House # on Galician vital records - Explained #galicia

Brian Lehman <blrrcn@...>


I had previously inquired, as to what the House #, on Galician vital
records actually meant.

I received a reply from, Suzan Wynne, author, The Galitzianers: The
Jews of Galicia, 1772-1918, that was so wonderfully insightful, I
thought others would find in helpful also. So with her permission, I
post it to the message boards.

Brian Lehman

"At the most basic level, house numbering was used before streets
had names. The numbering system was chaotic and was not
necessarily stable over time due to fires and tear-downs. You and I
might think of consecutive numbering of houses or buildings on a
street as a given but it didn't work that way. The larger cities had
numbered neighborhoods and, within the boundaries of the
neighborhood, was an internal numbering system. In large places,
most people in the city core lived in apartment complexes built
around a courtyard where people strung clothes lines for the
laundry and children played under the watchful eyes of the residents
from the balcony. Kind of like a modern motel.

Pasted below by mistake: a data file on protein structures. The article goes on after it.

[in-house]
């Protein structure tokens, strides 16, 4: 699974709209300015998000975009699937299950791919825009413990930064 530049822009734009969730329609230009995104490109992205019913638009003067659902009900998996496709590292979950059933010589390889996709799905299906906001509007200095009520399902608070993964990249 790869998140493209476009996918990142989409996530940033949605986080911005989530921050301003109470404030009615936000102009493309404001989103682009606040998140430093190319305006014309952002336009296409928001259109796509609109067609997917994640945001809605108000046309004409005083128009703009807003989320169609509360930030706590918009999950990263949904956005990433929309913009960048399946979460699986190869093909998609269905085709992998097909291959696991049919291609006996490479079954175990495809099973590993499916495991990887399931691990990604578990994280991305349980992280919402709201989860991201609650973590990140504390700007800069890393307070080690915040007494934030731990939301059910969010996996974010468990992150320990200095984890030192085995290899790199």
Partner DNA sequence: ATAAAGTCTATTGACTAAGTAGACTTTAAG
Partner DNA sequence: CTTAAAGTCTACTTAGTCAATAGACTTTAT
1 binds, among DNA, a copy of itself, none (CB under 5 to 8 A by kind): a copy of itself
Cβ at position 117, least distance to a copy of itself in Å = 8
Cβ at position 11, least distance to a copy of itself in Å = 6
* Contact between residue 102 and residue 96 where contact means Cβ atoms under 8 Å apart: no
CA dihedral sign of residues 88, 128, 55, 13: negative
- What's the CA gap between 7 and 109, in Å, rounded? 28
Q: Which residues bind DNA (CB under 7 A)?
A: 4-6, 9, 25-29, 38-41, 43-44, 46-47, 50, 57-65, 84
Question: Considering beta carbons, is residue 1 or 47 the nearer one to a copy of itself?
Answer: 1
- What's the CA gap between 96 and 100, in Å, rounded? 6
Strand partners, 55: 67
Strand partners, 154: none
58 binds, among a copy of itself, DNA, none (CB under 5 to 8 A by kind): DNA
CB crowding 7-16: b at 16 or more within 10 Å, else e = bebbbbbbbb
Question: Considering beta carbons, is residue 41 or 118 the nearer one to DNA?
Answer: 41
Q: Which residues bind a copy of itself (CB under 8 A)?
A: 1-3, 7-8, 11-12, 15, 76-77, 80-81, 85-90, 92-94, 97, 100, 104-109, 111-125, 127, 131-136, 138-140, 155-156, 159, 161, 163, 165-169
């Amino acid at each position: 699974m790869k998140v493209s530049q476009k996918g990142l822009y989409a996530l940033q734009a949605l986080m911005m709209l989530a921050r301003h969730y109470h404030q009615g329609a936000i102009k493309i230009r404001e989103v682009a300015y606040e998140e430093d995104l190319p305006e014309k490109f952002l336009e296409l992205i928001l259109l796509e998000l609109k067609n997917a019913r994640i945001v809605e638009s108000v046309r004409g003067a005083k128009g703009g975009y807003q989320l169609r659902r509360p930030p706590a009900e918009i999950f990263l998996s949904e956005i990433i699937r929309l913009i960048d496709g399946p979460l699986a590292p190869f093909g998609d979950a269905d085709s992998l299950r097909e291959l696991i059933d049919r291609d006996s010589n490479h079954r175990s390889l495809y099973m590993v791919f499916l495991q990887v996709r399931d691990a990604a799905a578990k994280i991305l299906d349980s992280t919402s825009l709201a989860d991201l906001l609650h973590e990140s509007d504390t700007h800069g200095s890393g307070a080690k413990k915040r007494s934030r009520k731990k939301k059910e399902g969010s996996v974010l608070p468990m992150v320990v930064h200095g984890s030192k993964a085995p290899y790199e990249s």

"The complex was typically entered >from a doorway on the street.
from the street, you can't tell what is going on behind the door. The
door opens up to an entranceway leading to the courtyard. Typically,
each building has a staircase. Because there were no elevators when
these buildings were put up, they tend to be no higher than three or
four floors. But clinics, hospitals, synagogues and other types of
non-residential buildings also were numbered. If births took place in
a clinic or the home of the midwife, that was the address used. The
naming ceremony or the bris might have taken place in a public place
or the home of the mohel, not the home of the parents. Deaths
might have occurred in places other than home, too. In other words,
you collect information about house numbers but you can't depend
on the data to draw firm conclusions. You might be able to establish
a pattern but maybe not.

"The house numbers were on a map of the community showing the
property and the name of the owner, not necessarily the resident.
These types of maps were generated for multiple purposes,
including property taxes, census, and mail delivery. The maps are
among the material that Gesher Galicia is working toward making
available on a subscription basis. The maps were revised >from time
to time to reflect changes. If there was a large fire, the house
numbers of the burned buildings might be re-assigned to new
buildings elsewhere. Can you imagine the chaos? Eventually, street
names were adopted, first in cities and then in smaller towns,
though, even today, really small places may not have a street name

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